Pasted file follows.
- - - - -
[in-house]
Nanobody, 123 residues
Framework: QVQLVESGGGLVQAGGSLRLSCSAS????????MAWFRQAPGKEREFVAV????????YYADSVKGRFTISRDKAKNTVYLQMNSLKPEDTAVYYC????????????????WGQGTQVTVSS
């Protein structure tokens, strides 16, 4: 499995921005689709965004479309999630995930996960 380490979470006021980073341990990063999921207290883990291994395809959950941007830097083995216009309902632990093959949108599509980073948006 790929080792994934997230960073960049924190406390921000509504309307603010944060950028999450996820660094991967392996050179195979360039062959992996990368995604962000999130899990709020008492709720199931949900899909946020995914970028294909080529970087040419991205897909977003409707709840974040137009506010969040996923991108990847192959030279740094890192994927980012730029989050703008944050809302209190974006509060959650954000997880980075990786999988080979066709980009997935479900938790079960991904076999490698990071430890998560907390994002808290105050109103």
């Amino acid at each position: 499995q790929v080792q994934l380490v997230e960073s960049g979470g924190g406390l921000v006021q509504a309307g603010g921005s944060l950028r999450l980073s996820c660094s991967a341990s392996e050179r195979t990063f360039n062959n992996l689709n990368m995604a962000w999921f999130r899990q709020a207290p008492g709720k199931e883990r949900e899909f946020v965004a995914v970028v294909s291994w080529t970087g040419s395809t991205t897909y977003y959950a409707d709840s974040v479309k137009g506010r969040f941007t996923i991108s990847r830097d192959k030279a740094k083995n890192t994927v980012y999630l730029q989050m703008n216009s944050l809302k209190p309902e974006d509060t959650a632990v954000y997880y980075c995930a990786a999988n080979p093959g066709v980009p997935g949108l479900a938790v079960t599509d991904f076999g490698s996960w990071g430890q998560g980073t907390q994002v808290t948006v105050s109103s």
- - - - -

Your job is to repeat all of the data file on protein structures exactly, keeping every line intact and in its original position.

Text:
[in-house]
Nanobody, 123 residues
Framework: QVQLVESGGGLVQAGGSLRLSCSAS????????MAWFRQAPGKEREFVAV????????YYADSVKGRFTISRDKAKNTVYLQMNSLKPEDTAVYYC????????????????WGQGTQVTVSS
């Protein structure tokens, strides 16, 4: 499995921005689709965004479309999630995930996960 380490979470006021980073341990990063999921207290883990291994395809959950941007830097083995216009309902632990093959949108599509980073948006 790929080792994934997230960073960049924190406390921000509504309307603010944060950028999450996820660094991967392996050179195979360039062959992996990368995604962000999130899990709020008492709720199931949900899909946020995914970028294909080529970087040419991205897909977003409707709840974040137009506010969040996923991108990847192959030279740094890192994927980012730029989050703008944050809302209190974006509060959650954000997880980075990786999988080979066709980009997935479900938790079960991904076999490698990071430890998560907390994002808290105050109103």
């Amino acid at each position: 499995q790929v080792q994934l380490v997230e960073s960049g979470g924190g406390l921000v006021q509504a309307g603010g921005s944060l950028r999450l980073s996820c660094s991967a341990s392996e050179r195979t990063f360039n062959n992996l689709n990368m995604a962000w999921f999130r899990q709020a207290p008492g709720k199931e883990r949900e899909f946020v965004a995914v970028v294909s291994w080529t970087g040419s395809t991205t897909y977003y959950a409707d709840s974040v479309k137009g506010r969040f941007t996923i991108s990847r830097d192959k030279a740094k083995n890192t994927v980012y999630l730029q989050m703008n216009s944050l809302k209190p309902e974006d509060t959650a632990v954000y997880y980075c995930a990786a999988n080979p093959g066709v980009p997935g949108l479900a938790v079960t599509d991904f076999g490698s996960w990071g430890q998560g980073t907390q994002v808290t948006v105050s109103s």